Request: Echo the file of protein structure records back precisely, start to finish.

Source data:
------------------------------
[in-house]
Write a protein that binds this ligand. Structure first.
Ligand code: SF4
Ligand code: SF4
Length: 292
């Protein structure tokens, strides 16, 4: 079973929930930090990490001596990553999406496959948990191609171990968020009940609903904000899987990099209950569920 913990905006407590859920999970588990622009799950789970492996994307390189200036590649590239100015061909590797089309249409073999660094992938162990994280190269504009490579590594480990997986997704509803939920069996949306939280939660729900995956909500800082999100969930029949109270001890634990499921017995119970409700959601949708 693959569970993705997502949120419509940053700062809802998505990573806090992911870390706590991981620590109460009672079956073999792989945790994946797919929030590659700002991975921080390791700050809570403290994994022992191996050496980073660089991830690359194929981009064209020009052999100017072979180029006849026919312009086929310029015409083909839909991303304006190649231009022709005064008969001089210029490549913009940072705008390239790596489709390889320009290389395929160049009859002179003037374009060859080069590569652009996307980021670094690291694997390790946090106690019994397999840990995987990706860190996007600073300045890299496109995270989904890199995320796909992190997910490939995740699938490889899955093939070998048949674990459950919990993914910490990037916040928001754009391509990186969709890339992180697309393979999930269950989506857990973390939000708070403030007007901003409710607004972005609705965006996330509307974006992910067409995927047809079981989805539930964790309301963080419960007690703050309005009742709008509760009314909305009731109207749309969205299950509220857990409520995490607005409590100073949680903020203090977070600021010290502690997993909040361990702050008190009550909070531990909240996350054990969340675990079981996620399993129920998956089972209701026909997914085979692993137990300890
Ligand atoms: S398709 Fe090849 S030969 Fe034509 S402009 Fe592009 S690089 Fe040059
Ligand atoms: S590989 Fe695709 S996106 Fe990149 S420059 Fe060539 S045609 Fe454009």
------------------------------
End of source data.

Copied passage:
[in-house]
Write a protein that binds this ligand. Structure first.
Ligand code: SF4
Ligand code: SF4
Length: 292
């Protein structure tokens, strides 16, 4: 079973929930930090990490001596990553999406496959948990191609171990968020009940609903904000899987990099209950569920 913990905006407590859920999970588990622009799950789970492996994307390189200036590649590239100015061909590797089309249409073999660094992938162990994280190269504009490579590594480990997986997704509803939920069996949306939280939660729900995956909500800082999100969930029949109270001890634990499921017995119970409700959601949708 693959569970993705997502949120419509940053700062809802998505990573806090992911870390706590991981620590109460009672079956073999792989945790994946797919929030590659700002991975921080390791700050809570403290994994022992191996050496980073660089991830690359194929981009064209020009052999100017072979180029006849026919312009086929310029015409083909839909991303304006190649231009022709005064008969001089210029490549913009940072705008390239790596489709390889320009290389395929160049009859002179003037374009060859080069590569652009996307980021670094690291694997390790946090106690019994397999840990995987990706860190996007600073300045890299496109995270989904890199995320796909992190997910490939995740699938490889899955093939070998048949674990459950919990993914910490990037916040928001754009391509990186969709890339992180697309393979999930269950989506857990973390939000708070403030007007901003409710607004972005609705965006996330509307974006992910067409995927047809079981989805539930964790309301963080419960007690703050309005009742709008509760009314909305009731109207749309969205299950509220857990409520995490607005409590100073949680903020203090977070600021010290502690997993909040361990702050008190009550909070531990909240996350054990969340675990079981996620399993129920998956089972209701026909997914085979692993137990300890
Ligand atoms: S398709 Fe090849 S030969 Fe034509 S402009 Fe592009 S690089 Fe040059
Ligand atoms: S590989 Fe695709 S996106 Fe990149 S420059 Fe060539 S045609 Fe454009």